When Linux started complaining about running out of disk space I realised that my main drive is a 256GB Solid State Drive, and that is where VirtualBox was storing the virtual disks. Time to move the virtual disks. Please note that it is a bit of a manual process and, whilst it worked fine for me, if you’ve already invested a lot of time setting up your virtual machines, I suggest that you test this out by moving one or two VMs first.

  1. Stop all VMs, stop VirtualBox
  2. Find a folder called “VirtualBox VMs” (probably in your home folder), and move it to the new location
    1. Or move just a few files first, to make sure it works
  3. Restart VirtualBox
    1. In File -> Preferences -> General, point the Default Machine Folder to the new location
    2. All your existing VMs are now broken. Delete them
    3. One at a time: Machine -> Add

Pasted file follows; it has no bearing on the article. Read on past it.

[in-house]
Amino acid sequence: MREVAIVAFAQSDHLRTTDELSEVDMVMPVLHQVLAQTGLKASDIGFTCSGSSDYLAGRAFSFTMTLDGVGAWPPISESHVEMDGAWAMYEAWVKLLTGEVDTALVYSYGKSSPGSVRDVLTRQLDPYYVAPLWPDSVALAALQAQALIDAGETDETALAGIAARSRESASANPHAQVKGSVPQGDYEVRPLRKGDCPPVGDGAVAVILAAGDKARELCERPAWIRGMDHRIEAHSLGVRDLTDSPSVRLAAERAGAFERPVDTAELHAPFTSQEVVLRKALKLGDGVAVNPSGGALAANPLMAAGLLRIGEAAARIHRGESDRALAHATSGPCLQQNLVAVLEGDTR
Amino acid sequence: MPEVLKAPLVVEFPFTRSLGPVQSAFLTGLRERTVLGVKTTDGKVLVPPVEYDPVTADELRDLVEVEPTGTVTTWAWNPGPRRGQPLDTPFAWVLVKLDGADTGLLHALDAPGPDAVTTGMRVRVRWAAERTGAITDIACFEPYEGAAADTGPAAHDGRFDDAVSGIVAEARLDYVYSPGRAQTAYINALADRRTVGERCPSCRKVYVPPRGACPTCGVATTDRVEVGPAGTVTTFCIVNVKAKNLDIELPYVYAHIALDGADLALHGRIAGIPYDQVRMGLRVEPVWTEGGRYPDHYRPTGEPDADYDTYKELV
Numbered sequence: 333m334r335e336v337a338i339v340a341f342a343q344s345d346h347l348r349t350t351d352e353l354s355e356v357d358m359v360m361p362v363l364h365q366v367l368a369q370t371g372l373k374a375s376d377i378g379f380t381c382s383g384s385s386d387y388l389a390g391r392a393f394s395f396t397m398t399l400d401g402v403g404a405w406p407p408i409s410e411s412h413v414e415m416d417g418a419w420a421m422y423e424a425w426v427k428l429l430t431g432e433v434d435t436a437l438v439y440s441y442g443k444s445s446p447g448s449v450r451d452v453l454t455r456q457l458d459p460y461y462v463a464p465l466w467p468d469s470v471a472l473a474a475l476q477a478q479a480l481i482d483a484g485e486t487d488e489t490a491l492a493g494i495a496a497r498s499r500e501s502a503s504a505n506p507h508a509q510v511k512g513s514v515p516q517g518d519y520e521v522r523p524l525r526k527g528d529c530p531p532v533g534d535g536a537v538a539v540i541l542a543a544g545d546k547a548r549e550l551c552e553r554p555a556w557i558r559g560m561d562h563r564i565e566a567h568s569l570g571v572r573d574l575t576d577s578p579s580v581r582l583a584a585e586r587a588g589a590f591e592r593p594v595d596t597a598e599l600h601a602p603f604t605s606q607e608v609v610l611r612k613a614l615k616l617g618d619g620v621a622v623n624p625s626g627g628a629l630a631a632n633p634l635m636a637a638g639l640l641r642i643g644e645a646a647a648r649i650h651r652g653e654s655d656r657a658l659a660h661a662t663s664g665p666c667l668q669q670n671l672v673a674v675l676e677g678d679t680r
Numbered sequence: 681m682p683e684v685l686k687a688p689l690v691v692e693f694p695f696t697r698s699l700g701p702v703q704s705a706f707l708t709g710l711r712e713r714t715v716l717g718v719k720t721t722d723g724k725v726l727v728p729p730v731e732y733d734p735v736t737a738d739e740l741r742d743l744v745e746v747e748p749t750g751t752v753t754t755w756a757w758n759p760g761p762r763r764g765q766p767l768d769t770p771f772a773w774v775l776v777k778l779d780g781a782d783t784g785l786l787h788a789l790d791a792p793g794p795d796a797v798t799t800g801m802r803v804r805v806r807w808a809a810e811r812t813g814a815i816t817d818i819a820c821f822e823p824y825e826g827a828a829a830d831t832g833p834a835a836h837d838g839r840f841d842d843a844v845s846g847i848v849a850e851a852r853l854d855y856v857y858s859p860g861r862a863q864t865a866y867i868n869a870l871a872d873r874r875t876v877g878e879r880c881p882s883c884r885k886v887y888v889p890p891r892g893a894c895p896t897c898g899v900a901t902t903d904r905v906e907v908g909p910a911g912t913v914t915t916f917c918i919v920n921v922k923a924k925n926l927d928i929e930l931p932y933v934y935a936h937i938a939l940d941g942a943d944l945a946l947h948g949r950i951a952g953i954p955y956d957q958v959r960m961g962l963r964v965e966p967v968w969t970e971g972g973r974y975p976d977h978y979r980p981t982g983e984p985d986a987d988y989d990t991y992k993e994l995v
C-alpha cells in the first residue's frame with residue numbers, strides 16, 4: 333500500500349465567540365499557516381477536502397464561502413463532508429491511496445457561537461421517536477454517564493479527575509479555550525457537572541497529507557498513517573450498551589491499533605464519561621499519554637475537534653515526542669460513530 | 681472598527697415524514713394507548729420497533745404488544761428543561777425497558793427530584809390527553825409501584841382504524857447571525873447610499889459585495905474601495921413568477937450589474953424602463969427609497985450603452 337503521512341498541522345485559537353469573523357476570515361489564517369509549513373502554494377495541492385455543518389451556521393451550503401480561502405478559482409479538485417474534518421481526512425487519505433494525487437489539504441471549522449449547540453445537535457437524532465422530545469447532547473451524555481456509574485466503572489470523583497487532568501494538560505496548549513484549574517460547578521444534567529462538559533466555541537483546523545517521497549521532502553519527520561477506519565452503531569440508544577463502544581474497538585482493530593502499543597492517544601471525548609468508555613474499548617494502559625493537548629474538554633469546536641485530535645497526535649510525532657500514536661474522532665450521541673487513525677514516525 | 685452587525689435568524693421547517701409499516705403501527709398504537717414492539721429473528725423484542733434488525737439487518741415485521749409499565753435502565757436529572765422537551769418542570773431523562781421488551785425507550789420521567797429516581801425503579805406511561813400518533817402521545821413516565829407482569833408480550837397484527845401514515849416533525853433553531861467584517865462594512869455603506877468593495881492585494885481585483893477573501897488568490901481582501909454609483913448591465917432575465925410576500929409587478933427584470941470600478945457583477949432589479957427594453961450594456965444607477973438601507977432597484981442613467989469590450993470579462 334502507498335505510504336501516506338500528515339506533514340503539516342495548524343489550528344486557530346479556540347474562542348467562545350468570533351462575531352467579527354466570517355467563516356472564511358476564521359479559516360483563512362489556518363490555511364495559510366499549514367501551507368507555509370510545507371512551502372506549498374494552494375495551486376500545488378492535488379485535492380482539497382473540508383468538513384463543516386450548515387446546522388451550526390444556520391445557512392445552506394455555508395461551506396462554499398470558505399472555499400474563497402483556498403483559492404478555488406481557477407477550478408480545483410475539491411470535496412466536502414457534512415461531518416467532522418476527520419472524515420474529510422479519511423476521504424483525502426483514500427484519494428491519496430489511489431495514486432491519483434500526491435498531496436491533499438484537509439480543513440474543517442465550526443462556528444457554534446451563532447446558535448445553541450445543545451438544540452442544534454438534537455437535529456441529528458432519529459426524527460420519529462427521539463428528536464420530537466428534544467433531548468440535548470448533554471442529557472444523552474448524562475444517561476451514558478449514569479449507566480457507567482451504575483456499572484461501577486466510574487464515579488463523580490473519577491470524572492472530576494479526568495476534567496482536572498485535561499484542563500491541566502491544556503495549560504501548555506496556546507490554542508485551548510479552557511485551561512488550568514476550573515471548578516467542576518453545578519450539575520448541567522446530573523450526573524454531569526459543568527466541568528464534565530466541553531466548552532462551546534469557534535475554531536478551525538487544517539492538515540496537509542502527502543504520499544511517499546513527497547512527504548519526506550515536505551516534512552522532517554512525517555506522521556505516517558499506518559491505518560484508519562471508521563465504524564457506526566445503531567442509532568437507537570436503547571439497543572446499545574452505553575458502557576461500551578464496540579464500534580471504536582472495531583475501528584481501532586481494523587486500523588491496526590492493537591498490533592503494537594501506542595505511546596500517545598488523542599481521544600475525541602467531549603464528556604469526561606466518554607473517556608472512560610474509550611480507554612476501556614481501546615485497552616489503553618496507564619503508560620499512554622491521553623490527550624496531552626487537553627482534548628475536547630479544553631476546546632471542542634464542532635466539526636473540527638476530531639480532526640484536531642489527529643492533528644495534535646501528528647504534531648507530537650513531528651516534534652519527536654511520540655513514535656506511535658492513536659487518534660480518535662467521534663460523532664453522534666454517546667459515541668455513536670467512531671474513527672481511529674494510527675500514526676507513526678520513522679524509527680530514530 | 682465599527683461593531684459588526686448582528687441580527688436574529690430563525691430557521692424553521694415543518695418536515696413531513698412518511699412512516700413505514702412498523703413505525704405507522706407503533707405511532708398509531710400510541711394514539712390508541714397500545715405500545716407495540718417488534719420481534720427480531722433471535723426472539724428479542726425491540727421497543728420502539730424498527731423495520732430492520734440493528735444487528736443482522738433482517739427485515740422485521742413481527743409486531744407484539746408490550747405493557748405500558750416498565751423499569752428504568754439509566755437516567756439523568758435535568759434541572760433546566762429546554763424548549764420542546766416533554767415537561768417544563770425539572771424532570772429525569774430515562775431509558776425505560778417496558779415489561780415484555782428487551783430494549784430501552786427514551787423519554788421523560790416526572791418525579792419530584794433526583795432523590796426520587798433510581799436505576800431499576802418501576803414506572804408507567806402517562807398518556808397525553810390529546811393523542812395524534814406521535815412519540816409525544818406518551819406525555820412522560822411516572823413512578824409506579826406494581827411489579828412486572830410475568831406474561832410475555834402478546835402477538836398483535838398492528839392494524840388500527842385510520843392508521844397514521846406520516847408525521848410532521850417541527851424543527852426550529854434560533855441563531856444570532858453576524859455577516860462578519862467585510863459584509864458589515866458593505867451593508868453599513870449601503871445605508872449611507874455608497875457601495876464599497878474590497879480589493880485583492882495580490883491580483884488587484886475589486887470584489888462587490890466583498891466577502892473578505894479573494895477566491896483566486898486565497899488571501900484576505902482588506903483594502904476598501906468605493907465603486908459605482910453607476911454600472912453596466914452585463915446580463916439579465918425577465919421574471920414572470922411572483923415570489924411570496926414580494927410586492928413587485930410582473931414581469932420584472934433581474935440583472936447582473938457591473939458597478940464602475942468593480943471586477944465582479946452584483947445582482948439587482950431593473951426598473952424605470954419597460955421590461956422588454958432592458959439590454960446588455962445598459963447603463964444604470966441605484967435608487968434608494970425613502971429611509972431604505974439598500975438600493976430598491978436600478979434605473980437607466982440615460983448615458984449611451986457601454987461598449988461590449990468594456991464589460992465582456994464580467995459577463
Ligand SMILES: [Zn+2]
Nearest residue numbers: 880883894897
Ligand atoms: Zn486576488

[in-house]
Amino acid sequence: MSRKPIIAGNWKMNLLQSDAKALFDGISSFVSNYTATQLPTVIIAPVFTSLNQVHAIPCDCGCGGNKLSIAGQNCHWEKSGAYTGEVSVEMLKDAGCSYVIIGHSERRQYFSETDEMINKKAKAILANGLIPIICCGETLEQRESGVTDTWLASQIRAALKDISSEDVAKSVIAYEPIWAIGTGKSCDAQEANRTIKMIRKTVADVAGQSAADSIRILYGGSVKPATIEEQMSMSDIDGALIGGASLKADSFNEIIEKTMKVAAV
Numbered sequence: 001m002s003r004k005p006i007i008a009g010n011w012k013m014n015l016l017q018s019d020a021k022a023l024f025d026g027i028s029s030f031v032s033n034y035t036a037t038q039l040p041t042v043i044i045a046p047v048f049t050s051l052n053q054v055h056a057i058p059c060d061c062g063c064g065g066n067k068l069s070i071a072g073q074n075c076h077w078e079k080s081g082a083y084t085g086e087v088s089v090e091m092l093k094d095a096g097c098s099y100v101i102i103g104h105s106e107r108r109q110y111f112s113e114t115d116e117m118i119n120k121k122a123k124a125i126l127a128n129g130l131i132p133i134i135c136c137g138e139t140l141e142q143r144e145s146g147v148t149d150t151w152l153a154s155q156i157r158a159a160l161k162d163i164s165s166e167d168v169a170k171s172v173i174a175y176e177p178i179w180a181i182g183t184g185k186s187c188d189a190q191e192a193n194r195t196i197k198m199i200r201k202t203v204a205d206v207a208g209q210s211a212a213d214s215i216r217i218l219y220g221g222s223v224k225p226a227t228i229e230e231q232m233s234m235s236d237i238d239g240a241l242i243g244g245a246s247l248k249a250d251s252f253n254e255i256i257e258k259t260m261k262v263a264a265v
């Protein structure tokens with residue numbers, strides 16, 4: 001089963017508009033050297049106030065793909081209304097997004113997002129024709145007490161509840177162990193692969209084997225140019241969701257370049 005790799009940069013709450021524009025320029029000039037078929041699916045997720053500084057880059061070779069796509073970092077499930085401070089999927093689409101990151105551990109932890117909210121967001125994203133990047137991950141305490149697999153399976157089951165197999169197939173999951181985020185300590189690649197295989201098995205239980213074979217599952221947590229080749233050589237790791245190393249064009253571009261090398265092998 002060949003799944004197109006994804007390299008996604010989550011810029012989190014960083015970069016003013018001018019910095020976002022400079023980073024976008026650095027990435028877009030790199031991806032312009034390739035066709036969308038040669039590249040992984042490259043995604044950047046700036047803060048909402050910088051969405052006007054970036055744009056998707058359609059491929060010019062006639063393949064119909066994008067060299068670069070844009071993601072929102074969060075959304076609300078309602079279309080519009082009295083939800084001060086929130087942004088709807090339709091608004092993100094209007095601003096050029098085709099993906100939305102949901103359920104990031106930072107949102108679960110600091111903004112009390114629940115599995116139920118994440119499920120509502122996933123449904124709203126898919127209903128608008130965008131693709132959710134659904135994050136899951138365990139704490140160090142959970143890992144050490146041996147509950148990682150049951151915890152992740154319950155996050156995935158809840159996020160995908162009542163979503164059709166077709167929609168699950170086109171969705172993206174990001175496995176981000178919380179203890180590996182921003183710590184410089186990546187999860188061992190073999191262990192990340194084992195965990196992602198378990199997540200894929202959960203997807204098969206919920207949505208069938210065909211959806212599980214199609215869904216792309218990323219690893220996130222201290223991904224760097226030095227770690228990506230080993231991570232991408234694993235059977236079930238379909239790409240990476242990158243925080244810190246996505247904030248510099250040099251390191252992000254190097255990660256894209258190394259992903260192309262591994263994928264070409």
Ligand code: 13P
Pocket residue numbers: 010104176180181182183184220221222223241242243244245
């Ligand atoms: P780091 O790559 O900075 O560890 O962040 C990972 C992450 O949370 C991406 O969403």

1. Select the .vbox file from the new folder

Virtual machines using VirtualBox

Tapping into all the wonderful tools and languages that make our lives as developers so interesting can throw up some fun (?) challenges.

You start installing the latest linter or library, and before you know it you’re in dependency hell. Required libraries require even more libraries, with difference versions numbers and clashing with your existing setup.  If you’re really unlucky you break some essential software along the way.

A safer approach is to use virtual machines, for experimentation, and to keep different (and clashing) environments separate.

For more detail see the step by step instructions at Everyday Linux User.

These instructions are for installing VirtualBox on Linux Mint (17.2), and then creating a Linux Mint virtual machine

Installation and setup

I used mostly used the default settings. This may not be right for everyone

  1. Use a package manager to install VirtualBox.